Black Then: Blacks In Montreal 1780s-1880s
McGill-Queen's University Press
The desire to set the record straight not only informs Mackey’s history of an overlooked community, it is the book’s raison d’être.Of the century covered in his book, he writes, “Nothing about black Montrealers of that day is common knowledge.” Especially unknown is the fact that the institution of slavery existed in this country and city into the beginning of the 19th century. “You can still run into grown men and women who have never heard that slavery had its day in Canada,” Mackey says.
In his introduction, Mackey says, “More important than who does the telling is that the telling begin.” But Mackey is being too modest. A veteran copy editor at the Gazette and the author of Steamboat Connections: Montreal to Upper Canada 1816-1843, he is an ideal choice to handle this story. He has a newspaperman’s eye for human interest. The thirty tales included in Black Then cover a wide range of hardship and triumph. Mackey celebrates ordinary and extraordinary characters, upstanding citizens as well as engaging scoundrels.
Mackey also has a self-styled history buff’s enthusiasm for his material. Black Then is told in a unique style: a mix of research and invention. Because the lives chronicled in the book have been so spottily documented, Mackey is required to speculate. (Wildly at times: Mackey even imagines one scene in front of St. Peter at the Pearly Gates.) In the case of Charity, a tavern servant falsely accused of theft, Mackey provides the few existing documents that clear her name:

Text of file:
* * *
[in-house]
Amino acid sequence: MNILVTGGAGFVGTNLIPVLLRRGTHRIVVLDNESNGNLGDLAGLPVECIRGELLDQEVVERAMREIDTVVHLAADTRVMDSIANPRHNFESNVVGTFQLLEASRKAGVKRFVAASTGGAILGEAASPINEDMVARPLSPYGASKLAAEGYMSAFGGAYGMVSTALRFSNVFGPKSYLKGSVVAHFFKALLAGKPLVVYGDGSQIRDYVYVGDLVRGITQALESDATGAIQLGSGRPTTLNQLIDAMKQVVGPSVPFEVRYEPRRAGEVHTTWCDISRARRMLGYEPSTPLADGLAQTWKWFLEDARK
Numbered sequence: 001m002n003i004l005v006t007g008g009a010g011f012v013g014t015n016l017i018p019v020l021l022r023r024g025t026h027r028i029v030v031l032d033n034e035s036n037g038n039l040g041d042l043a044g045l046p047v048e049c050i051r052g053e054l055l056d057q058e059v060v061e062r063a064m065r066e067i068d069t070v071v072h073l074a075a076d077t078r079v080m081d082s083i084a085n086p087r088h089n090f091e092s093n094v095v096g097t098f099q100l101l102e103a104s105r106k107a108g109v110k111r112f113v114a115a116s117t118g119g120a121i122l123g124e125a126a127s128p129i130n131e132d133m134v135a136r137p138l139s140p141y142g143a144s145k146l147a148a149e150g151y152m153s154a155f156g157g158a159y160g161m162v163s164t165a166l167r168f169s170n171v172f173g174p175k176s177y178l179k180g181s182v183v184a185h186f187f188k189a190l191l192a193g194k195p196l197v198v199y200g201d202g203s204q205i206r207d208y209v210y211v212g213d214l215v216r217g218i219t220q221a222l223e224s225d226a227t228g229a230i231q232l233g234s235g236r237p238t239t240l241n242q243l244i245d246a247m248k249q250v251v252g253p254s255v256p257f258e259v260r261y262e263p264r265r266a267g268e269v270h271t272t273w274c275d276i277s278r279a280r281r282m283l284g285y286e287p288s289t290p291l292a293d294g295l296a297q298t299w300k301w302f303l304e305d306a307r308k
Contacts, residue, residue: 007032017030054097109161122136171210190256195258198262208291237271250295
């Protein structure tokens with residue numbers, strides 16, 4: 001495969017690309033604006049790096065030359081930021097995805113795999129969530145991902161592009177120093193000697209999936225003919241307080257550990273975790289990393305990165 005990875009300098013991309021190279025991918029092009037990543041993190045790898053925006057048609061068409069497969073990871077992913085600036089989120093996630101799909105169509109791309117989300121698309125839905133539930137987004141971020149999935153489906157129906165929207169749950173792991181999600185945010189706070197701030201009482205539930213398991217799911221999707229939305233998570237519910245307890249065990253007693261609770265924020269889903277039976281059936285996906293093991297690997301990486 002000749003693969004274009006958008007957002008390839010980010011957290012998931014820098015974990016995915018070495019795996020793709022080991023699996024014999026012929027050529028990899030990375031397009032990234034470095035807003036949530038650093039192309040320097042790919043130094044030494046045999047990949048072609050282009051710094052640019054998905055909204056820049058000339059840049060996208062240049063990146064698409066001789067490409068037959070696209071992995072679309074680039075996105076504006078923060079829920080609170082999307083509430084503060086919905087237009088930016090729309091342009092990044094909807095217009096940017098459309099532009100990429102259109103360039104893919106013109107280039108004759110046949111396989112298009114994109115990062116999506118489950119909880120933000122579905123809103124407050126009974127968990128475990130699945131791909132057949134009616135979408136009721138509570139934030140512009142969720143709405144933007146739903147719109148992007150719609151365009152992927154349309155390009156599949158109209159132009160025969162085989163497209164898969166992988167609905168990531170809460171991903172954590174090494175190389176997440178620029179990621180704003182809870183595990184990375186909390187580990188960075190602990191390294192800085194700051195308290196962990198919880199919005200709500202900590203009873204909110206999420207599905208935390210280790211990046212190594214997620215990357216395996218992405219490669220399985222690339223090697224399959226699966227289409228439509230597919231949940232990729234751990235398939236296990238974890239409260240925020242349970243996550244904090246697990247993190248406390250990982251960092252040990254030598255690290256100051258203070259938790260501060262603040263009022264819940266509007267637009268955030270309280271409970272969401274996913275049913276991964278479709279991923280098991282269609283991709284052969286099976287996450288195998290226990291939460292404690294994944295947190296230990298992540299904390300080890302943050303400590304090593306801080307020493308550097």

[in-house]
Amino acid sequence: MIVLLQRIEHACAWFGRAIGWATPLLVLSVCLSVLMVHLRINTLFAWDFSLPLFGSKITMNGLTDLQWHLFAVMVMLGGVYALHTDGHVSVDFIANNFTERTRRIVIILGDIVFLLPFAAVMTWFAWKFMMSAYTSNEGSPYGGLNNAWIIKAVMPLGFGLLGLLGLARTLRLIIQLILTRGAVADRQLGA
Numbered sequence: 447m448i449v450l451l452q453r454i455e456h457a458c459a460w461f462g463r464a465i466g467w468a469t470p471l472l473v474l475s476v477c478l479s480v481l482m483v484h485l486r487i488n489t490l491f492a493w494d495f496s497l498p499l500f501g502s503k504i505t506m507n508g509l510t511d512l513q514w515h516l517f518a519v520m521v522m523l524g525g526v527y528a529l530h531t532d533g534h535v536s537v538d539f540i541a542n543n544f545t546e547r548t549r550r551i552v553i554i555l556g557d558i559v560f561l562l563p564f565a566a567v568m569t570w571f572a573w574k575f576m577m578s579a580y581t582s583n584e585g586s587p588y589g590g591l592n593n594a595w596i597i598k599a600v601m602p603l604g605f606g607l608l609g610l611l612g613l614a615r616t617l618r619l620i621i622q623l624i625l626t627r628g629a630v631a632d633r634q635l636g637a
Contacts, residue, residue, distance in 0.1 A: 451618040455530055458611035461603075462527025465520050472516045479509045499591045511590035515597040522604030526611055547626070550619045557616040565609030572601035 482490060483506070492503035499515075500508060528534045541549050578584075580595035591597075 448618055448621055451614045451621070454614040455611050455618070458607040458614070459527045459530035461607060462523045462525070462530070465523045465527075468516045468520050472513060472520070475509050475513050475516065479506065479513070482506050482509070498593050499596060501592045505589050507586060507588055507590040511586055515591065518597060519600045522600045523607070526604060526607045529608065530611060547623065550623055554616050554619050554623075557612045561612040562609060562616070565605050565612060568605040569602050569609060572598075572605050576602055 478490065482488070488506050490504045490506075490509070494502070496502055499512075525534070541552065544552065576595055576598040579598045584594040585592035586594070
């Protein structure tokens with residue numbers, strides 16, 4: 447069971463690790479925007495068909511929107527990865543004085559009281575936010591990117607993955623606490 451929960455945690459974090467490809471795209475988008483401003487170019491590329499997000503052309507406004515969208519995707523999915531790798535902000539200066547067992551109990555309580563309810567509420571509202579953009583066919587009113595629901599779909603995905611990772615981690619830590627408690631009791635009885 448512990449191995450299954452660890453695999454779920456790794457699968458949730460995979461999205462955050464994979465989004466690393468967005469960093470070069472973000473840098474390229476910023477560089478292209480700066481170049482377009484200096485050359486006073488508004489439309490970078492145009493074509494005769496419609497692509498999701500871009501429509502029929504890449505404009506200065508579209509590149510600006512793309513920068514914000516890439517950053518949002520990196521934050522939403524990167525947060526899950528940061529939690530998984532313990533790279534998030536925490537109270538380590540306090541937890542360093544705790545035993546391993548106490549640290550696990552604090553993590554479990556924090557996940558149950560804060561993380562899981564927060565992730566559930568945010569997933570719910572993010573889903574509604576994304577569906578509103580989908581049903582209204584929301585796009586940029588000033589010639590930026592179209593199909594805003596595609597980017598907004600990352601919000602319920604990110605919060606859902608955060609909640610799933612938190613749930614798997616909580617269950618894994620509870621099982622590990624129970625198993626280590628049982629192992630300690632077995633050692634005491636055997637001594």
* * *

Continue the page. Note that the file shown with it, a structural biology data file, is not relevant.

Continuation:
All that’s left of her now is three scraps of paper. Tie them together, why don’t you. Make a small bundle, give some weight to her memory. She’ll just blow away otherwise.
What stands out is Mackey’s empathy for the people he is writing about. He doesn’t pretend, as many academically trained historians do, to be detached. In fact, sometimes he gets downright angry on behalf of his subjects. Telling the story of Israel “Bad News” Lewis, a con man, Mackey doesn’t excuse bad behaviour, but he does his best to put it in context:
What makes a man like Lewis go bad? Slavery. Look no further. He’d been a plantation slave in the American South, where sneakiness, faking, and masking the truth were survival skills. If the law made it illegal for you to learn to read and write, you wanted to keep your book and pencil stub out of sight. If you were bright and the whites were dumb, you played dumber. If your masters were beasts, you bowed to them.
Black Then also introduces us to women like opera singer Elizabeth Taylor Greenfield, nicknamed the Black Swan, whose voice was so stirring she managed to make her audience forget their prejudice, at least for a while. Then there was Alexander Grant, a local entrepreneur and activist, who was among the first blacks in Montreal to speak out publicly against slavery. Despite his courage and his accomplishments, Mackey is still compelled to repeat his book’s most persistent refrain: “So how come nobody’s heard of him?”
Thanks to Black Then and Frank Mackey, we now have. mRb